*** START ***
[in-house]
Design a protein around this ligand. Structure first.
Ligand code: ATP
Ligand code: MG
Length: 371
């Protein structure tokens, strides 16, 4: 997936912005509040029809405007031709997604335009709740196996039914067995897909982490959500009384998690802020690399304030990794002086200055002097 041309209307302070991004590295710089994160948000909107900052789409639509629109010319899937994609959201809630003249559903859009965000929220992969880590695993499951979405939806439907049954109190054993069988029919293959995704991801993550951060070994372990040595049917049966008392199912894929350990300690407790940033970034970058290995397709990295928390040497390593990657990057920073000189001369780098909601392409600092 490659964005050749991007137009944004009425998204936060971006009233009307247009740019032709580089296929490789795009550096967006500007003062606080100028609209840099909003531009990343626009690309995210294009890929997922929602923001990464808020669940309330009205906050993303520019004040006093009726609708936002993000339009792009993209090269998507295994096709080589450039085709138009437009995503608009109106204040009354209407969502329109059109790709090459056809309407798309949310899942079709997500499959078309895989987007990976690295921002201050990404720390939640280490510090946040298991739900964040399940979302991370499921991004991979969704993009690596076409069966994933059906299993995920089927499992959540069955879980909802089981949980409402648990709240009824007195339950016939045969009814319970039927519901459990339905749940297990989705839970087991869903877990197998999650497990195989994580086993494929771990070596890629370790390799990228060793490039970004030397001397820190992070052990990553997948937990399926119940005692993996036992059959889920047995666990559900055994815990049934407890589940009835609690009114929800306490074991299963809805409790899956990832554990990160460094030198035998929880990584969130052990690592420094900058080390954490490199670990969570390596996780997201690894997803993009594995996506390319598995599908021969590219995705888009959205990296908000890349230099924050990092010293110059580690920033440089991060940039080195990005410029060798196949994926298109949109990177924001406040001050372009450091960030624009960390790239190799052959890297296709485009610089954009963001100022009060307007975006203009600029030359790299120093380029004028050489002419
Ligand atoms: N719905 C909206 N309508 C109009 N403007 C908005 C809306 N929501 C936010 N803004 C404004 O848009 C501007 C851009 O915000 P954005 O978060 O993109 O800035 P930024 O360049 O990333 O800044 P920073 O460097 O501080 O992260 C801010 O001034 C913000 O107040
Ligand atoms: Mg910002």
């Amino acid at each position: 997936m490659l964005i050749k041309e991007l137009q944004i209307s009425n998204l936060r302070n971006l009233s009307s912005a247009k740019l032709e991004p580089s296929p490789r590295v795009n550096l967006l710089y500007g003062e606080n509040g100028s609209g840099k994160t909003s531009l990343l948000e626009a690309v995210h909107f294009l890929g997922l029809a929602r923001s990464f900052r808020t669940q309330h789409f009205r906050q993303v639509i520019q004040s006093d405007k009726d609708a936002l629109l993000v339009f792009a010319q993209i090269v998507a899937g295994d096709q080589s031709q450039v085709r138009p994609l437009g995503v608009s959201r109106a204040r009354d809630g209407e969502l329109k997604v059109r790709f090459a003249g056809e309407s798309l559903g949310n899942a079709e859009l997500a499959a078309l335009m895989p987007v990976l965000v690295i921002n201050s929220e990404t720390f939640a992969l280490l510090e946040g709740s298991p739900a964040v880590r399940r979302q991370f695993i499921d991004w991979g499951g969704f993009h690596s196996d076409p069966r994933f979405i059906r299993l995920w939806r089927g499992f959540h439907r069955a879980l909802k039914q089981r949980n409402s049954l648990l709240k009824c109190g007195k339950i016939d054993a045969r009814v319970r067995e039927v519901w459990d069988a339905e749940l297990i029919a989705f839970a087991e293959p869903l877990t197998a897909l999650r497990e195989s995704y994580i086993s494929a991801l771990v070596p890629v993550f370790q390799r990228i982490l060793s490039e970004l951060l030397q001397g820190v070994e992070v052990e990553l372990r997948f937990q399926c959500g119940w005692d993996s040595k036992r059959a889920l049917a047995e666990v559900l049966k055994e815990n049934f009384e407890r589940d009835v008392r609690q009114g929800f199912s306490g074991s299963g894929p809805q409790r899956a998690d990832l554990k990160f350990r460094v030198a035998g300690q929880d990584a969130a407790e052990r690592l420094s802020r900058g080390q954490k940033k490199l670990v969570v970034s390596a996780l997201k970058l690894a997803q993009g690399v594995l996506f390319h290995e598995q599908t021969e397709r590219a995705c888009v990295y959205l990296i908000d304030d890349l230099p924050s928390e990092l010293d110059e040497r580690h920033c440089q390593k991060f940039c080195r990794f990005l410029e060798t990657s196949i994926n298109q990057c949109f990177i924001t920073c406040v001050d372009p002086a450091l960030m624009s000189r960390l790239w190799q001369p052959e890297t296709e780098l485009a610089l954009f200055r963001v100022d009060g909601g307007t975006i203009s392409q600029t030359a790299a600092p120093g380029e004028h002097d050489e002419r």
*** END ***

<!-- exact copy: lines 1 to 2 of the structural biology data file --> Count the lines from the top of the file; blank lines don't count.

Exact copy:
[in-house]
Design a protein around this ligand. Structure first.